EAST CENTRAL: Värnhem, Östercity, Kirseberg, Rörsjöstaden and Östercity

Östercity is a district east of downtown, mainly consisting of Östra Förstadsgatan. This street is running from Värnhemstorget to the city center. It used to be a pretty dead area, though there are some interesting buildings, because this is were the old city meets the new.

Drottningtorget. The yellow building to the left used to be a museum for wagons, later Humanitetens Hus, but now houses the Bowl Bar.

All buildings at Drottningtorget are beautiful historic ones in different styles, except for the large and ugly yellow brick building that houses Skanska's offices (left).

Jugend building at Drottningtorget.

Historic building at Norra Vallgatan, near Drottningtorget.

St Gertrud historic quarters with restaurants, nightclubs and and pubs.

Radisson Blu Hotel (formerly SAS Royal) is a 4 star hotel that was built adjancent to both the historic half timbered Bikupan brick building and the shopping galleria
Caroli City. Its glass facade was built in the 90s.

Bikupan, the historic half timbered brick building, is one of Malmö's oldest preserved buildings and one of the few half timbered buildings. It used to be a savings bank,
but is now a restaurant and part of the Radisson hotel.

S.t Caroli Kyrka. A pretty small church that soon will be owned by the nearby shopping galleria Caroli City.

The new residential highrise (2014) built at Slussplan, right next to the canal.

Details of the Slussplan highrise, modern architecture close to the Old Town.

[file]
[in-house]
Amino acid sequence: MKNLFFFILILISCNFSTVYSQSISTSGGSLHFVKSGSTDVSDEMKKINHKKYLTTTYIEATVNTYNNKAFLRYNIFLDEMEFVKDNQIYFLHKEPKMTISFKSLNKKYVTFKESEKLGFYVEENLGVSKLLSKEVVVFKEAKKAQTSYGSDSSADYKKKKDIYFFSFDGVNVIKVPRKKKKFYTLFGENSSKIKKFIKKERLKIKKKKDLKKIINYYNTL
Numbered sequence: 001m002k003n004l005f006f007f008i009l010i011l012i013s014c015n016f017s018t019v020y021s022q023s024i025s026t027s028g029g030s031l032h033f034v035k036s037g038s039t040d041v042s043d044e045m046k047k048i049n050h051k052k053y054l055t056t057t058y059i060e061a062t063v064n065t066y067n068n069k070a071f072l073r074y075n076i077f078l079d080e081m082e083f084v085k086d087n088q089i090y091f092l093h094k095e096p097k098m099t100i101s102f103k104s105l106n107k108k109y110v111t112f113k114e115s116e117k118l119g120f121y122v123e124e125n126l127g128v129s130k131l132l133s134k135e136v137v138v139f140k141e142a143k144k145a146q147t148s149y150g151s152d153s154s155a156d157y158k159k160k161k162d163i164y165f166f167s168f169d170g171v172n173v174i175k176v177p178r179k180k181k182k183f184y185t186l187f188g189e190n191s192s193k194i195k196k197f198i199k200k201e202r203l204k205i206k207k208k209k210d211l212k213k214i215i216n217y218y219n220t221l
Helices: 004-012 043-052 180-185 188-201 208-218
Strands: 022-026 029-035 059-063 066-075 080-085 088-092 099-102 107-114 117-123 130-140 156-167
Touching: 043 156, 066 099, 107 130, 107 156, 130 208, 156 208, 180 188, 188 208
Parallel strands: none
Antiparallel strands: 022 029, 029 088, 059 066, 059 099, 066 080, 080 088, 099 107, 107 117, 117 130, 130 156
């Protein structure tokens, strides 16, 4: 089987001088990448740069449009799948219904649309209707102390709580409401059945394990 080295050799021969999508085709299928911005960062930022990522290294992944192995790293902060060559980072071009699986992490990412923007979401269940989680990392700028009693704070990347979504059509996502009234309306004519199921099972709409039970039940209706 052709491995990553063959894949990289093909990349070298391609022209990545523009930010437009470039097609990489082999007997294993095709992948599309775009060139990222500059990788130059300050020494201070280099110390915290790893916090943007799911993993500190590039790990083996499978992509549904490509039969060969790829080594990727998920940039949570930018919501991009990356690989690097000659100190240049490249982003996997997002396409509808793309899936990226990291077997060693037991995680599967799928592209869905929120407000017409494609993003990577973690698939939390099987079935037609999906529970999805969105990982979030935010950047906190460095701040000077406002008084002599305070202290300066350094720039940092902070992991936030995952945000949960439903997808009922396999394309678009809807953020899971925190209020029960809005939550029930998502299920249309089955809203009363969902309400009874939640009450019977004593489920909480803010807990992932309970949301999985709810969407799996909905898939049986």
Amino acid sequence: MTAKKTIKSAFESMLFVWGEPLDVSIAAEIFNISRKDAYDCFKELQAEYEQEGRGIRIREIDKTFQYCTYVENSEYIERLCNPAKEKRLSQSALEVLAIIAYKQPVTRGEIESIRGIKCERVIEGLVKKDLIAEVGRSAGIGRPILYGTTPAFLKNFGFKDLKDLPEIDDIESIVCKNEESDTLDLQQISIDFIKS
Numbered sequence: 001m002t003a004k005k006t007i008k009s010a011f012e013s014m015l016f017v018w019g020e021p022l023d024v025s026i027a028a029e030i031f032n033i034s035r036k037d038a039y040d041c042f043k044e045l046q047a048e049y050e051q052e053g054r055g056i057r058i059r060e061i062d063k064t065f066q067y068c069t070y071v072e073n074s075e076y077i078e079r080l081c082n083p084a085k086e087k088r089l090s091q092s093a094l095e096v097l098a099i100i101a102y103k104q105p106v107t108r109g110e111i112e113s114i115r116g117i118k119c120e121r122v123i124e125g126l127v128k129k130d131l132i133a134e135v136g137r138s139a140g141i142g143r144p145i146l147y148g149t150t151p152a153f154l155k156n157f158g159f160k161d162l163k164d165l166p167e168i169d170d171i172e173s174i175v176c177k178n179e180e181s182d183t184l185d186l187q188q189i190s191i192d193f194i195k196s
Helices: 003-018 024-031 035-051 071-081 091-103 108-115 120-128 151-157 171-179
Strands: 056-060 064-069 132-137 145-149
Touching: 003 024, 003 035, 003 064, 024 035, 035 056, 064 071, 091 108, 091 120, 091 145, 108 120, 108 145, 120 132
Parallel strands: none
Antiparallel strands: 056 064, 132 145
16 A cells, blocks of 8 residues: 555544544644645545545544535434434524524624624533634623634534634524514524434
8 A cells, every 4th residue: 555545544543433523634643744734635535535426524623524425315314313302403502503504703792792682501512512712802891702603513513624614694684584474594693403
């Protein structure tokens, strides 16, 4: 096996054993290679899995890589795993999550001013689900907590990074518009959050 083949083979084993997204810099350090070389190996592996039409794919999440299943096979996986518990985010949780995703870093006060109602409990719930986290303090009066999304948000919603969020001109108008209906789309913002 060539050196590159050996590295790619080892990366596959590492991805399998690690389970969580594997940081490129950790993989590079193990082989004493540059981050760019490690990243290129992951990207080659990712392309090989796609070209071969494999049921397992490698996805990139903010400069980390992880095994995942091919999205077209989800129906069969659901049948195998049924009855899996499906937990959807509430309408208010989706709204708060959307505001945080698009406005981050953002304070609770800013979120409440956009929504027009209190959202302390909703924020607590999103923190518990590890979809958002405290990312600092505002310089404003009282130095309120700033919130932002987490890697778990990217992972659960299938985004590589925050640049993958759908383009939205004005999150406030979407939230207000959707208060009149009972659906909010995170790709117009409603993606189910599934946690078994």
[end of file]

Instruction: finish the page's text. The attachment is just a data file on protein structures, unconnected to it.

Slussplan seen from the roundabout on the other side.

The new Police Headquarters of Malmö was built in the 90s at Slussen, in an impopular postmodern style. Here seen from one of Malmö's canal bridges.


Rörsjöstaden is a quiet residential area in Eastern part of Central Malmö, mainly with historic early 1900s buildings. It is situated between Föreningsgatan and Kungsgatan, a quiet alley with a bike lane and playgrounds in the middle.

Rörsjöparken. Not a very beautiful park, but there are many beautiful buildings in the surroundings. A
popular place for the residents of Rörsjöstaden in summer, but many alcoholics and homeless people use to
hang here too.

Rörsjöstaden is the fashionable eastern outskirts of central Malmö, is very impressive. This is one of the side streets to the main road/alley, Kungsgatan.
In the middle you can find St Pauli Church.

St Pauli Church (Paulikyrkan), is a gothic yellow brick building in the middle of Rörsjöstaden. Its roof was recently (2013-14) refurbished and recladded to shining aluminium, much more beautiful when the recent green coppar roof.

The new roof of St Pauli Church. The church, drawn by Emil Viktor Langlet, took only 3 years to build, it was completed in 1882.

The sculpture at the Pauli cemetery.

The St Paul cemetery is divided into 3 parts, one close to Föreningsgatan/Rörsjöstaden.

The Landstadt Building, one of very few buldings in Brutalist style, in January 2006. Part of the police department houses here.

A snowy cross street to Kungsgatan.


Kungsgatan (King Street), the alley in the middle of Rörsjöstaden, was originally a wide boulevard, but nowadays there are mostly bikes and a few cars trafficating the street.


Jugend/art nouveaux architicture at Kungsgatan. Looking towards Värnhemstorget.

Moderna Muséet, Malmö’s new modern art museum opened in late 2009. It is housed in Rooseum’s former building, that has been refurbished, rebuilt and modernized. Even the street outside has been transformed into a small plaza.

You can visit more of this museum here (click).


Värnhemstorget. This square serves as a gate to central Malmö in the east, and thus there is very much traffic. China box replaced Jukebox in the funkis buildling to the left.